Circularly polarized light, which is used in 3D movies, has its electric field vector rotating like a clock hand. It’s typically produced by sending light through a filter, but now a team has created a small, solid device that emits partially circularly polarized light, as they describe in the 4 February Physical Review Letters. If this semiconductor technology can be further perfected, it could be used in devices that help biochemists control protein synthesis or help physicists control electrons in spintronics–a futuristic type of electronics.
If circularly polarized light is coming toward you, its electric field vector rotates like the second hand of a clock, tracing out a helix as it travels. Biochemists use this light to control the synthesis of amino acids and other molecules that come in two mirror-image types, like left- and right-handed gloves. Physicists are also interested in circularly polarized light for manipulating the spin state of electrons in spintronic devices, which make use of the spin of the electron rather than its charge.
Ordinary, unpolarized light can be thought of as an equal mixture of clockwise- and counterclockwise-rotating, circularly polarized waves. To create pure, circularly polarized light, a filter can absorb one polarization state and let the other pass through. Such filters are not hard to make, but they are inefficient, since half of the initial light is lost. Liquid crystals are known to emit circularly polarized light, and light from certain semiconductors can become polarized when a magnetic field is used . But these systems are rather large and inflexible in their design.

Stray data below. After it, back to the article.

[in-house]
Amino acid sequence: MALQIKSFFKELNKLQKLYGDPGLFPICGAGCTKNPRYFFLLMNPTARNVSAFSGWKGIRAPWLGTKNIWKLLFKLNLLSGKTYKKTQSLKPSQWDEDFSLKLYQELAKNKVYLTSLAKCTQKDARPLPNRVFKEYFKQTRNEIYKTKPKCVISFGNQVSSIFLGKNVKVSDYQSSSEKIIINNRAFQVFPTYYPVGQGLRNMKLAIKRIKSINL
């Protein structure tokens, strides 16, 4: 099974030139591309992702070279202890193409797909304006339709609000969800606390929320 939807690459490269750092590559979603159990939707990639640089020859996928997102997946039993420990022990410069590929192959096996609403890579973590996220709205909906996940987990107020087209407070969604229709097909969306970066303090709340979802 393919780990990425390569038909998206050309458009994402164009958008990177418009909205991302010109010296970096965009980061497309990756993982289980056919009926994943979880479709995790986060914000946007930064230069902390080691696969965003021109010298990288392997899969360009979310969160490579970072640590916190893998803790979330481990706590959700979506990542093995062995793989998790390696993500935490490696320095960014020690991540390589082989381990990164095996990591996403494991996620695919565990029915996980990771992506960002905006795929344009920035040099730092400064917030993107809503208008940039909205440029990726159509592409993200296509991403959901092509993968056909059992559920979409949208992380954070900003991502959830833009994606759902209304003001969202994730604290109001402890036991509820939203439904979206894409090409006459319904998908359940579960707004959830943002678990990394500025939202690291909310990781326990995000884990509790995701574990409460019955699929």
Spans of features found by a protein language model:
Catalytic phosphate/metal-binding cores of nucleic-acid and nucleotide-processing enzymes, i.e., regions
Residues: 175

To make a more compact, semiconductor device, a University of Tokyo team led by Makoto Kuwata-Gonokami investigated so-called planar chiral nanostructures–two-dimensional arrays of tiny shapes that lack mirror symmetry. They chose a repeating pattern of micron-wide, spiral-like shapes called swastikas or gammadions, which were etched into the surface of a gallium arsenide semiconductor to a depth of about half a micron. Recently, similar sorts of arrays have been shown to rotate the polarization direction of light reflecting off of their surface .
Taking this experiment a step further, Kuwata-Gonokami and his collaborators embedded below the gammadions a layer of quantum dots, which are semiconductor islands that radiate unpolarized light at wavelengths characterized by their size. When a laser beam excited the embedded dots, the emission coming out through the gammadion layer was circularly polarized by as much as 26 percent. The orientation of this polarization depended upon the direction of the gammadion arms–whether they pointed clockwise or counterclockwise.
It would be natural to assume that the gammadion array was acting like a polarizing filter, but the researchers showed that this was not the case. They sent light through their device using an external source and found that the transmitted light had an entirely different polarization spectrum than the emission from the embedded dots. The team concluded that the gammadion layer should be considered a microcavity that determines which modes of light the dots can emit, much as the cavity of a musical instrument determines which wavelengths of sound are produced. Numerical simulations based on this microcavity model matched the experimental results. Unlike a conventional filter, the new technique can generate polarized light without any loss of photons, says University of Tokyo team member Kuniaki Konishi.
“The idea and the realization are very elegant,” says Sergei Tikhodeev of the Russian Academy of Sciences in Moscow. He says the micron-scale system has the advantage of being much smaller than other sources of circularly polarized light. The polarization is still far from 100 percent, points out Darren Bagnall of the University of Southampton, but “this work shows that it might be possible to construct a ‘device’ that efficiently emits light of not only particular wavelengths in certain directions, but now also polarization state.”
Michael Schirber is a freelance science writer in Lyon, France.
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